Genius of Capitalism: LTV’s William Bricker

Illustration by Robert Neubecker

George W. Bush is currently hashing out what he will do, or won’t do, to help the domestic steel industry. It’s inevitable that whatever proposal he settles on will leave many feeling victimized, and indeed the Wall Street Journal is reporting today that Bush will not pursue a plan suggested by various ailing steel-makers to have the government pick up the “legacy costs” associated with the health-care benefits of legions of ex-steelworkers. But at least one former employee of a big steel company will remain unscathed by whatever happens: William Bricker, former CEO of Cleveland-based LTV Corp. Indeed, Bricker did so well for himself in his brief and profoundly unimpressive tenure as a Big Steel honcho that I am granting him the latest Moneybox Genius of Capitalism Award.

Bricker’s achievement may seem like small potatoes compared to the last Genius of Capitalism recipient, Garry Winnick, but I hope you’ll agree it’s still pretty impressive. And while he hasn’t gotten much national attention, his name is probably pretty familiar to many in Cleveland, where it’s come up often in the Plain Dealer’s extensive coverage of LTV’s never-ending woes (which was a great help to me in putting together what follows).

The story begins in November 2000, when Bricker, then 68, took over as CEO of LTV following the resignation of Peter Kelley. Bricker had been on the company’s board since 1982, a stretch that included the firm’s lengthy bankruptcy reorganization that lasted from 1986 to 1993, and he was described by a board spokesman as being “intimately familiar” with the firm. Previously, Bricker had run Diamond Shamrock from 1976 to 1987, a period in which that company abandoned Cleveland for Dallas, so he wasn’t exactly a local hero; before that he’d worked in the chemical business. Post-Diamond Shamrock, he played a role in some Dallas consulting firms.

It was clear that LTV had hit another very rough patch, with losses in the hundreds of millions, and faced grim conditions. Its shares were trading for around $1. Are you surprised that mere weeks later, in late December, LTV filed for Chapter 11 protection again?

Well, Bricker was, or so he said. It turns out that a couple of months later, LTV got approval to dispense about $11 million in “retention bonuses”—see this earlier column for an explanation of such bonuses—including $1 million to keep Bricker from leaving. Bricker had signed on to a one-year contract with a $700,000 annual salary (unchanged by the shift to bankruptcy), plus a $200,000 bonus just for taking the job. He’d only been on the job a few months; why did he need a $1 million bribe to stay on? Well, Bricker said the thing was that he hadn’t realized how bad LTV’s problems were until he’d actually taken the job. And seeing as how he didn’t really need the work, he needed the extra incentive to stay.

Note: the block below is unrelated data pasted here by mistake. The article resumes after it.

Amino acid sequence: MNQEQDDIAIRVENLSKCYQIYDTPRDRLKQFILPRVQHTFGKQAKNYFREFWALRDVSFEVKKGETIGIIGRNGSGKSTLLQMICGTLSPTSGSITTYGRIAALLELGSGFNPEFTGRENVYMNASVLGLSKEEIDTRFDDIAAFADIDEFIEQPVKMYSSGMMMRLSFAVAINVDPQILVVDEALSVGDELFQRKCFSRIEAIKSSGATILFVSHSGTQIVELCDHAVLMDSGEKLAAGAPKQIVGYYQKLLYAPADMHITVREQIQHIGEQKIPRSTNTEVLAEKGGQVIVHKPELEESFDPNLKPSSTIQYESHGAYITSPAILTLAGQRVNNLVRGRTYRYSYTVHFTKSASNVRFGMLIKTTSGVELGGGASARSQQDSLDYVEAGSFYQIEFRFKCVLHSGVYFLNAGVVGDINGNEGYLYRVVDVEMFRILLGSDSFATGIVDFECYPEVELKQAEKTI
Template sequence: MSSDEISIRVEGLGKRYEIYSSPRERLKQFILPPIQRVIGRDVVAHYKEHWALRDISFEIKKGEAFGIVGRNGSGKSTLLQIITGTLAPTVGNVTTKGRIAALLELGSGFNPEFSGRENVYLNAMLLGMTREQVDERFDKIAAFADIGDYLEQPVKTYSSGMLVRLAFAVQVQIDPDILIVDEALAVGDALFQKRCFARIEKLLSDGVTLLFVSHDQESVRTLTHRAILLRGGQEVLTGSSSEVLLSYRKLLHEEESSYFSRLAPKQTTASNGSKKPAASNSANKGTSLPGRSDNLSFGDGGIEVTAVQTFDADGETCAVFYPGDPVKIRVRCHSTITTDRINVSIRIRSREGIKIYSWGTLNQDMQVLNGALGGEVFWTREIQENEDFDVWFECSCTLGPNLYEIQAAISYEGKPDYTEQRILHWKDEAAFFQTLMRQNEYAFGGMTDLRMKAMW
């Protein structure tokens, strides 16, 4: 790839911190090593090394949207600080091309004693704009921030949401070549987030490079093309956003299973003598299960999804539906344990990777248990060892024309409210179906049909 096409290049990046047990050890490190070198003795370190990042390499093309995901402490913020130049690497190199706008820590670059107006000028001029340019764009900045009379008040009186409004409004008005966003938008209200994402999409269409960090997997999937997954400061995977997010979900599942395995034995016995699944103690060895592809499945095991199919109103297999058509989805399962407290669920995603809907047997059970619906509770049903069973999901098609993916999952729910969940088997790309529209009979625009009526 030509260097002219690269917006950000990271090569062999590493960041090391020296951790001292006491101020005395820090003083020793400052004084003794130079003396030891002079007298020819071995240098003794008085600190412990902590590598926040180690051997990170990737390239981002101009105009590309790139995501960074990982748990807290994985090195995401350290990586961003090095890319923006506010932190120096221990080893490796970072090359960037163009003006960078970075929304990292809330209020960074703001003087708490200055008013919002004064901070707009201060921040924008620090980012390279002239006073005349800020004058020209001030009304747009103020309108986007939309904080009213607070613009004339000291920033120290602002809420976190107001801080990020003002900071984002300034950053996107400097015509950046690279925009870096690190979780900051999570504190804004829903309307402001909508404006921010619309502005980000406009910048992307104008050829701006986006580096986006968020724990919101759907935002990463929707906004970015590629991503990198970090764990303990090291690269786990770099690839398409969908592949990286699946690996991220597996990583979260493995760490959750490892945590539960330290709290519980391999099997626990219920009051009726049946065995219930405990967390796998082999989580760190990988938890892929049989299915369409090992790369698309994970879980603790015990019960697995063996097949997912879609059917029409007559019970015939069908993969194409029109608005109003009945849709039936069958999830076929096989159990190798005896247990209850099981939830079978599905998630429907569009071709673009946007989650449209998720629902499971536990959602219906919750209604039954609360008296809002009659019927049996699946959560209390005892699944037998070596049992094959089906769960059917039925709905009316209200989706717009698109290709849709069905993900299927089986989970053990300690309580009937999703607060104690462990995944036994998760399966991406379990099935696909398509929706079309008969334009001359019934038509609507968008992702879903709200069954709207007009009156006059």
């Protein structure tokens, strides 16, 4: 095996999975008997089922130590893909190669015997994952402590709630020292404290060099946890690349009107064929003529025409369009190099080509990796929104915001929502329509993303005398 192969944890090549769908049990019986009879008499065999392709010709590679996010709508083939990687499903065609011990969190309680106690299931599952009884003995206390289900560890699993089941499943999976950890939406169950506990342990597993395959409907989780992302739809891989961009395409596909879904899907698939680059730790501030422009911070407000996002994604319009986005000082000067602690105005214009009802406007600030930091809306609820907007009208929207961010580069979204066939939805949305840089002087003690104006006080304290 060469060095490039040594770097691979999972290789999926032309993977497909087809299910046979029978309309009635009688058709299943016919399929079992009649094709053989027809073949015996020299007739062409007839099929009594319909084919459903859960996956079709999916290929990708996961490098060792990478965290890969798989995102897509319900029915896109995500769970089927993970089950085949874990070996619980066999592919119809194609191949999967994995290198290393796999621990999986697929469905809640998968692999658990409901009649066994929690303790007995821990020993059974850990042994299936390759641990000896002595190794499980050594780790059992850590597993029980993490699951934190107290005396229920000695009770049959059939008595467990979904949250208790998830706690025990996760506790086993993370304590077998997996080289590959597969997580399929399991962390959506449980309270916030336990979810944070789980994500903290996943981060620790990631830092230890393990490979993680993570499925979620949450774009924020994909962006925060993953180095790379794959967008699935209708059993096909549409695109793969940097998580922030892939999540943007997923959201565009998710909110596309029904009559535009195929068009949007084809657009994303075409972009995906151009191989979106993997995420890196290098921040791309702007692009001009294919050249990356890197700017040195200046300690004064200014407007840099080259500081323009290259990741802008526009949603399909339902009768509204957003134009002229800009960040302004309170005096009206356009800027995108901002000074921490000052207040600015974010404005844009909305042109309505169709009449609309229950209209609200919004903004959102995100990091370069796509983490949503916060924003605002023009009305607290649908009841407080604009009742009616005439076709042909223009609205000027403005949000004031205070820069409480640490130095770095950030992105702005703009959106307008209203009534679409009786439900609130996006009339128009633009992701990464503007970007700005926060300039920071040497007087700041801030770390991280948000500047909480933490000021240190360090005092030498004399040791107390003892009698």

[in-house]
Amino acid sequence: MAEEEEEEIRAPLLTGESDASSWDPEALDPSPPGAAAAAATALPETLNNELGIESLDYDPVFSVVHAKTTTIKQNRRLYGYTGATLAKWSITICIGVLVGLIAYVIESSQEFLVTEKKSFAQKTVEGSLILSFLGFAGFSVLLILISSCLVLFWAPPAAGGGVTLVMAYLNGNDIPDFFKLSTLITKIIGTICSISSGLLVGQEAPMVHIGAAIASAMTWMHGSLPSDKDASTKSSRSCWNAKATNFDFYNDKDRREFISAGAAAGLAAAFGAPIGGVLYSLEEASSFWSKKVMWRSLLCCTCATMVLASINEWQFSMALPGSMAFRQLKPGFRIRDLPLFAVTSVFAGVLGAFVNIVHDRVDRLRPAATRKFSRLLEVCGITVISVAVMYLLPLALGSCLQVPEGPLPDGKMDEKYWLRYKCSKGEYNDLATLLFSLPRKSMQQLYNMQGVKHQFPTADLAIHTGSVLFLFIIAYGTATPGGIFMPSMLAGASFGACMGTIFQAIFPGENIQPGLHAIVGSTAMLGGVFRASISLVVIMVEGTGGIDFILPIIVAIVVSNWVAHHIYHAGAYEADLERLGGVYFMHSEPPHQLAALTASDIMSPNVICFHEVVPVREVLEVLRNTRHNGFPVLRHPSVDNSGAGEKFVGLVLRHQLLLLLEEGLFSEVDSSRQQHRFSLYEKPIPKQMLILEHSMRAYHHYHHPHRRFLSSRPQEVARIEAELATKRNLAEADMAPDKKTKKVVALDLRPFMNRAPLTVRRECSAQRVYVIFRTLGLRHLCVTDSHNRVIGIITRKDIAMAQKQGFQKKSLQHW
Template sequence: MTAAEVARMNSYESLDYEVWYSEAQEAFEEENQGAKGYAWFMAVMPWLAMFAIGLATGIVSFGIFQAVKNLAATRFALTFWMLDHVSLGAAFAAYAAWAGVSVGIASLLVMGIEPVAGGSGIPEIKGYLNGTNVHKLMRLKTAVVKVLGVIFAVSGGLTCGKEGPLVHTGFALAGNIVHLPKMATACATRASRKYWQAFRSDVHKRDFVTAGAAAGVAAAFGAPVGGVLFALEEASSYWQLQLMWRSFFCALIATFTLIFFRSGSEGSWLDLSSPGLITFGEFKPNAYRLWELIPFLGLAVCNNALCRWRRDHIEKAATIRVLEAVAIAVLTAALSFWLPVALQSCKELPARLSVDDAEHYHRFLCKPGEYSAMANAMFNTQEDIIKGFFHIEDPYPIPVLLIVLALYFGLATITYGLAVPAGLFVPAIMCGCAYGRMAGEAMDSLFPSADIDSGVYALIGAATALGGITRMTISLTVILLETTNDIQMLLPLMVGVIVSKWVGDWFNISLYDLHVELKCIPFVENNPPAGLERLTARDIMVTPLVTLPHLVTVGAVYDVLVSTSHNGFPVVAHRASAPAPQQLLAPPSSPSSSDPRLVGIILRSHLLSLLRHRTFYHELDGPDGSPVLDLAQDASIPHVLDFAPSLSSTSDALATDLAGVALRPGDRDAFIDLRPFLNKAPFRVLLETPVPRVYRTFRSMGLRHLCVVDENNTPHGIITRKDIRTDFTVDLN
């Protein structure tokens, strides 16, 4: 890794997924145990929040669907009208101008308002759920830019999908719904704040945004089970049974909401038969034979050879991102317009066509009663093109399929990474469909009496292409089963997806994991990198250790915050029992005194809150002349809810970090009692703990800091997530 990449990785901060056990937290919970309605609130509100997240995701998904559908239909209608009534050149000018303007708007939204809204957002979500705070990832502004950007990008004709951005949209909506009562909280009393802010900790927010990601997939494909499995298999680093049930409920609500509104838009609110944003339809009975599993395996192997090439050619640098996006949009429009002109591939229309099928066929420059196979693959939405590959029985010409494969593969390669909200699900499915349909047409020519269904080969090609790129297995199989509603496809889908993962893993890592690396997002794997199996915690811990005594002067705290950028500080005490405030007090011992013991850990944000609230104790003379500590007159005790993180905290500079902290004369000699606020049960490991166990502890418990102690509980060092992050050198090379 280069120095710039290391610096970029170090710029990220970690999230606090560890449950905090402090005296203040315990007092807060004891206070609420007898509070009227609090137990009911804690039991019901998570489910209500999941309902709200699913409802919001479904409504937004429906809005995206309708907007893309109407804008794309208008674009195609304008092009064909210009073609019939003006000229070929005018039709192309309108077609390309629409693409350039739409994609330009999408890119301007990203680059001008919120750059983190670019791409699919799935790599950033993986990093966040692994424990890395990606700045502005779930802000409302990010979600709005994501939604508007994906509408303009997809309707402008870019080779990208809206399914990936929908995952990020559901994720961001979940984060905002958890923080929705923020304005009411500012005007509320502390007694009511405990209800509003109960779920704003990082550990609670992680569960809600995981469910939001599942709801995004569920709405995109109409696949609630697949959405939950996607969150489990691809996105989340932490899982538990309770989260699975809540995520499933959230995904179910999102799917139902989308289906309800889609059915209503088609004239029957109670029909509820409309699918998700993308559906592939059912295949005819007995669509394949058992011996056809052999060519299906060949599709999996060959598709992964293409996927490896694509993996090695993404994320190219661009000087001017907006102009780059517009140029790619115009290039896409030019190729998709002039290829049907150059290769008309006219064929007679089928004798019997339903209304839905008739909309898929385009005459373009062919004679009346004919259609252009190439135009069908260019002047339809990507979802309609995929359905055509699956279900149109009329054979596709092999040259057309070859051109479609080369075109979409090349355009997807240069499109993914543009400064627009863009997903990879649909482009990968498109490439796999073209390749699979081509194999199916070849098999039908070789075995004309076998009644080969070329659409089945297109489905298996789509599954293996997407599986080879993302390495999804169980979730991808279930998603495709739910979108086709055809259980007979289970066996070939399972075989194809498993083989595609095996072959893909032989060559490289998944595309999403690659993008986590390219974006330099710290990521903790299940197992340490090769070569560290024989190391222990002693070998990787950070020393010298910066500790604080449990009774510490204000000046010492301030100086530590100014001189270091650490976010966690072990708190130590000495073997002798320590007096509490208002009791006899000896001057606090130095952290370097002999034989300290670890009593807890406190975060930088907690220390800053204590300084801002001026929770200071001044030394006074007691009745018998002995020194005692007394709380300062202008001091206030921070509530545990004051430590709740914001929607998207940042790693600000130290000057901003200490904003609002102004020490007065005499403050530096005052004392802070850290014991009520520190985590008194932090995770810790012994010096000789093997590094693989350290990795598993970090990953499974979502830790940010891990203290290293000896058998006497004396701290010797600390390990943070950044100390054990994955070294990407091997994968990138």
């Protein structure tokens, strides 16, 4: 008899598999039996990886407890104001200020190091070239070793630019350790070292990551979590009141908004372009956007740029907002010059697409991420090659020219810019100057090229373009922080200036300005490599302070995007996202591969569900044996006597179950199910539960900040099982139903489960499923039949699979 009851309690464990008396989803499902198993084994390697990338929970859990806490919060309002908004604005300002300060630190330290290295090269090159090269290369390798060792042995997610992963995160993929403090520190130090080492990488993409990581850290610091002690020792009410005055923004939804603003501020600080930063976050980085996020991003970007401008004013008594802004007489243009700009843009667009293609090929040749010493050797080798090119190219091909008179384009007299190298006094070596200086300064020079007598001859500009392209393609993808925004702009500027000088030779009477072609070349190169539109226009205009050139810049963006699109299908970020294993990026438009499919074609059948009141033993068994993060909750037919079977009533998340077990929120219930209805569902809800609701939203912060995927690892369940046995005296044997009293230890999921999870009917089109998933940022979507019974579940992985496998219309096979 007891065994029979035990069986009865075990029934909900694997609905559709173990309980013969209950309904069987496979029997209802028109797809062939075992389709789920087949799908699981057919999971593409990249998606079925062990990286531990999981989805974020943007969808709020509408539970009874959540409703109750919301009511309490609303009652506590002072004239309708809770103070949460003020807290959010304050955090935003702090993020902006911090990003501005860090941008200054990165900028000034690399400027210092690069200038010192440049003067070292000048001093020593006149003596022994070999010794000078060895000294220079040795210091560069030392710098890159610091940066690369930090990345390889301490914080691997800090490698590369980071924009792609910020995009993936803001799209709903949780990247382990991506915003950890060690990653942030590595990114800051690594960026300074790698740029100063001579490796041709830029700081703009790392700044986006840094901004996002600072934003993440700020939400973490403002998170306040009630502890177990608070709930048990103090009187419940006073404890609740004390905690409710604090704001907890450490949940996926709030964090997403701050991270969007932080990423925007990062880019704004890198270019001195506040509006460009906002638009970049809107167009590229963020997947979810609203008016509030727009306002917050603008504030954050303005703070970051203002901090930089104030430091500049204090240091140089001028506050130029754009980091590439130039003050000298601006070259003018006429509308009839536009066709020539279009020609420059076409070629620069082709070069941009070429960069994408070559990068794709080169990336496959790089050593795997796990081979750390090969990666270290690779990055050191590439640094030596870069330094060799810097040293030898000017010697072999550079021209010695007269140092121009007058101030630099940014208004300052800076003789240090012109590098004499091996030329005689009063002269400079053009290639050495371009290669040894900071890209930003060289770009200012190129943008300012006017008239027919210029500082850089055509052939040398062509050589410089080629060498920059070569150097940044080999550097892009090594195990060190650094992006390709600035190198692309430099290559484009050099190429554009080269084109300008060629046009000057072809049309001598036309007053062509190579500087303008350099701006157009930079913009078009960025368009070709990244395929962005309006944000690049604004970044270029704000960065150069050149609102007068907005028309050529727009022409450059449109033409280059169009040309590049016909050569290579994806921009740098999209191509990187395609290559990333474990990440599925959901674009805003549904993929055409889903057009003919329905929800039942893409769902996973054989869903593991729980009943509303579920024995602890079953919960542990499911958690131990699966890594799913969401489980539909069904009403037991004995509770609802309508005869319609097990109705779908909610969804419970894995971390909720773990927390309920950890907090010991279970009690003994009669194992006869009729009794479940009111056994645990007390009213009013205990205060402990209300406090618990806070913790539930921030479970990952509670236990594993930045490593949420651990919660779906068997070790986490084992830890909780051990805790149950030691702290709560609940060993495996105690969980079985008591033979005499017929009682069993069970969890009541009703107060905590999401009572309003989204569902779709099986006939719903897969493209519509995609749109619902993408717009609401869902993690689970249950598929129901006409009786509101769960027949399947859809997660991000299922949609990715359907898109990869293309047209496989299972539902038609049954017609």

All of that is run-of-the-mill CEO behavior. What makes Bricker a Genius of Capitalism is what he did after extorting his $1 million to stay put. He quit! Admittedly this probably wasn’t too big a surprise since pretty much nobody was applauding the job he’d been doing as LTV careened through bankruptcy. So did he get to keep his “stay pay”? He did. The retention bonus was to be paid in three parts, one in June 2001, another in December 2001, and the final chunk in June 2002. Since he resigned in November 2001, he’d only collected the first third. But luckily for him, the terms of his deal allowed him to go ahead and snag the remaining $660,000 right before he resigned.

The salary, signing bonus, and retention bonus add up to a mere $2 million, chump change by CEO standards. But come on, you have to hand it to this guy. It’s one thing to make good money while your shareholders and employees get creamed. It’s something else to wrangle a seven-figure bonus for staying on to do the job you had already committed to do. But managing to do both of these things and then walk away from the whole train wreck, personally enriched? That’s a Genius of Capitalism.

Since I expect that this occasional series won’t end with today’s entry, I’ve decided to go ahead and grant retroactive Genius of Capitalism Awards to Kenneth Lay and Al Dunlap, George Shaheen, and William Farley. The Lay/Dunlap column includes the Paul O’Neill comments that gave the Genius of Capitalism Award its name.